Review by Angela Blasi
Hunter Valentine have been at this game for nearly a decade and have finally given their ever-growing fan base their third full length studio album to hold and cherish. Collide and Conquer offers eleven tracks of the progressive alternative rock Hunter Valentine is gaining popularity for. If you’re new to the group, I highly recommend Lessons from the Late Night as an introductory record with a follow-up of their latest rock morsel.
Upon first impression, I noticed opening track “Liar Liar” right away. It hits you with a guitar riff that hooks you within the first five seconds. By ten seconds in, the gravel of singer Kiyomi McCloskey drops, begging of a broken promise. All the while, the listener is slowly becoming hooked by the growing integrity of the kick drum. Definitely a good way to supercharge anyone who’s excited to dive into this album.
The album as a whole twists and turns, varying from heavy distortion to up-tempo pop hooks and melodies. Some of the songs, such as “Lonely Crusade,” “Crying” and “The Great Canadian Love Song” left me with a serious impression of unrequited love. When she sings she feels like crying tonight, I imagine we all just have nights where we feel like sobbing. I’ve never been the type to enjoy the sounds of emo boys whining over past lovers, but her admission of wanting to cry manages to avoid any whining and actually feels like that relationship many of us have had where one person thinks things are great and the other person has rehearsed break up speeches for 3 days. “This Bull Rides Tonight” opened up with Somer Bingham performing a melodic keyboard intro but was probably my least favorite part off the record. It was slow and the music did not stand out as anything attention grabbing as I had experienced on earlier tracks. However, that doesn’t mean the song is garbage all together. This would be the part in the set where the crowd lends their voice and joins in a choral sing-a-long, spilling their collective hearts on the floor.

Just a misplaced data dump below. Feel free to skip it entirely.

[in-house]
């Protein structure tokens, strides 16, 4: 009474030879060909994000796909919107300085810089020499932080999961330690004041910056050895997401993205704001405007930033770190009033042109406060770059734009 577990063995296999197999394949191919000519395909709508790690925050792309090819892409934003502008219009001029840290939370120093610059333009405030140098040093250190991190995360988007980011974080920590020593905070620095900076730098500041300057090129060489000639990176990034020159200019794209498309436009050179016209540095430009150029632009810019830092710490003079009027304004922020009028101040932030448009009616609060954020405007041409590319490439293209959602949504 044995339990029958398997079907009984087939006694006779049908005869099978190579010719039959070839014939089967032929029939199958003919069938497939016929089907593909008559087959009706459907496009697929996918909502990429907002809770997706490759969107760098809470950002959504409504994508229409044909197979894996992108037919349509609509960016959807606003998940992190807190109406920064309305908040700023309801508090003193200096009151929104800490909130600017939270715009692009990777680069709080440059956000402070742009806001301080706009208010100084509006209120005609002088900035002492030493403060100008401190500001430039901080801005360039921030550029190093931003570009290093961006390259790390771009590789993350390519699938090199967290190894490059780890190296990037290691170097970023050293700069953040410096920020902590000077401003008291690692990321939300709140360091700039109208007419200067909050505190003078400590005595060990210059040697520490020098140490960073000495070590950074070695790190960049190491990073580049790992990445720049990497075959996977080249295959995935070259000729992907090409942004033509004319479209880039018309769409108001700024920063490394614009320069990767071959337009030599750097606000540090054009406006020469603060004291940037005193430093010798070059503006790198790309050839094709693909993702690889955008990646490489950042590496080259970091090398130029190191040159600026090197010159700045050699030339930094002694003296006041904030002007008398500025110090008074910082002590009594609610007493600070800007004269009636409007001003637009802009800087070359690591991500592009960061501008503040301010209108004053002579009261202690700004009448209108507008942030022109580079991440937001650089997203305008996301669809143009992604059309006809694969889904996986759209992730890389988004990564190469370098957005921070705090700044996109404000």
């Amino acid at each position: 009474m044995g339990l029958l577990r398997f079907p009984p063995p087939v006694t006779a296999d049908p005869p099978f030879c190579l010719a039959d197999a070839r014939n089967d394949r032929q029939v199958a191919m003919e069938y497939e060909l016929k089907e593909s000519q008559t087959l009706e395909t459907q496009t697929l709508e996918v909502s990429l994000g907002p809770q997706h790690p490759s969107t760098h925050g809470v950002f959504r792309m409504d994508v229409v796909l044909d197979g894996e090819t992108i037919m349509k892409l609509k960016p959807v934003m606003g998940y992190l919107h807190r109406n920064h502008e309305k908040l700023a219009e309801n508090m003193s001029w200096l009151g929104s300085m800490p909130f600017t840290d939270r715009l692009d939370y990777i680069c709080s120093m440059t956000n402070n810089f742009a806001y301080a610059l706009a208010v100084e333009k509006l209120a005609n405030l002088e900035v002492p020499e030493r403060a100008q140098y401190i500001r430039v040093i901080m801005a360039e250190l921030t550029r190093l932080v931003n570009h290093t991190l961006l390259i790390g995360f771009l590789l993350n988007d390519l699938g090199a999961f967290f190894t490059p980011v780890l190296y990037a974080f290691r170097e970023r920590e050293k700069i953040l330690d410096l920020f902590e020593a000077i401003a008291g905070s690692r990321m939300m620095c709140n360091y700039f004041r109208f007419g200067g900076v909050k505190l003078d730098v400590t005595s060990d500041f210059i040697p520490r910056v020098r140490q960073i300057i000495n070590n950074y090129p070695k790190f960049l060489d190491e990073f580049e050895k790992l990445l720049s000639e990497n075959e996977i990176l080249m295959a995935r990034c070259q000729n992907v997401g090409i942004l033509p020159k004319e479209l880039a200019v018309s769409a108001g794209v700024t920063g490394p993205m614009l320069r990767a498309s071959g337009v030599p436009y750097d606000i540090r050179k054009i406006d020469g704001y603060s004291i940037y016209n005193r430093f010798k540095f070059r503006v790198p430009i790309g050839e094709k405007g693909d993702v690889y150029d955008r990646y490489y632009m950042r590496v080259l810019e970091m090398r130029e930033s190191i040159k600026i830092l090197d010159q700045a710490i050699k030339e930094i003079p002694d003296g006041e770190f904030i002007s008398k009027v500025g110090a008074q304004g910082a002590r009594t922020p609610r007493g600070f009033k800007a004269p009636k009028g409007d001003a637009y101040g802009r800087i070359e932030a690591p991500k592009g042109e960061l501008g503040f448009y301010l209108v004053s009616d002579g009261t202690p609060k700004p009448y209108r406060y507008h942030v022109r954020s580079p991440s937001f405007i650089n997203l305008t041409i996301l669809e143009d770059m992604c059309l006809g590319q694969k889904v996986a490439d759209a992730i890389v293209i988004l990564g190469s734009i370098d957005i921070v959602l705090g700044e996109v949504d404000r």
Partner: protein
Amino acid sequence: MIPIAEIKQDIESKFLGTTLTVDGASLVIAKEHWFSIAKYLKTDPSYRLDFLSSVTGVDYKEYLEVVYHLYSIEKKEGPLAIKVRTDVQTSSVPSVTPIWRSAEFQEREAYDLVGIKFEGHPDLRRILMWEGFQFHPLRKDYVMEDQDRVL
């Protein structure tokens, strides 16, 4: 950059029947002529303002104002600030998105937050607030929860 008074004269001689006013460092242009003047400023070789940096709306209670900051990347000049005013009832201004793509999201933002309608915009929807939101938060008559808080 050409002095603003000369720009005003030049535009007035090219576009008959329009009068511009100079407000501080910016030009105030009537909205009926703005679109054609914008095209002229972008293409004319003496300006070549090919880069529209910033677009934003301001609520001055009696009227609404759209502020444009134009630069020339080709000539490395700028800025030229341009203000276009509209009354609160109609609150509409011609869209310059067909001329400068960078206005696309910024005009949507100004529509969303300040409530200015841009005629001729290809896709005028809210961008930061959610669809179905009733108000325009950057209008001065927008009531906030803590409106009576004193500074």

On the contrary, we have songs like “Gates of Hell,” “Priscilla,” “Ted’s Collision” and “Little Curse (Shit Happens)” which bring a different momentum to the music. I enjoyed the guitar work on “Little Curse (Shit Happens)” coupled with a few throaty screams in the verses. Laura Petracca’s bass line adds a tight, punchy edge to this song that is so important in communicating the sentiment screaming over top.
“The Pulse” was a particular favorite off this record. It opened with minor tones and an ominous set of lyrics depicting a future waking up beside a deceitful lover and being awfully bitter about it. As I listened, I began to imagine a woman scorned but behind her is hell-fire not a river of sadness, as the song titles might have you believe. “The Pulse” also threw me for a loop as it crescendos into a chorus that has a funkier groove, only to slip quietly back into a brooding state. I also noticed when Kiyomi belts, “I’m gonna catch you,” her pledge of getting even one day, the music takes on a major tonality. As a result, it very creatively stays within the theme of the song; angry at being burned but not getting mad, just getting even with all sorts of confidence.
But it seems to be a recurring theme with this album; dark, distorted tones and heavy drums segue into a powerful pop-type of explosion. It threw me at first, expecting the heaviness of the verse to get even thicker come chorus time, but this routinely was not the case on Collide and Conquer. Each song was musically interesting and different from the last track before it. My only qualm with this piece would be closing track “The Great Canadian Love Song.” The song states, “it’s just another love song/but it’s mine” and is most certainly a longing ballad. For what it is, it’s nicely executed, just not my cup of tea. But more importantly, I felt the album could have closed stronger. For all the listener goes through lyrically as he or she ventures through the tribulations of the heart, I was left wanting something more from the closing seconds of this story. I would have liked to have ended on the classic high note, but I do appreciate the lyrical honesty of the artist. Maybe they chose to close out the album with that track because this love story hasn’t reached a high note yet. Perfect for anyone bitter about love this upcoming Valentine’s Day.
It’s all in how you look at it.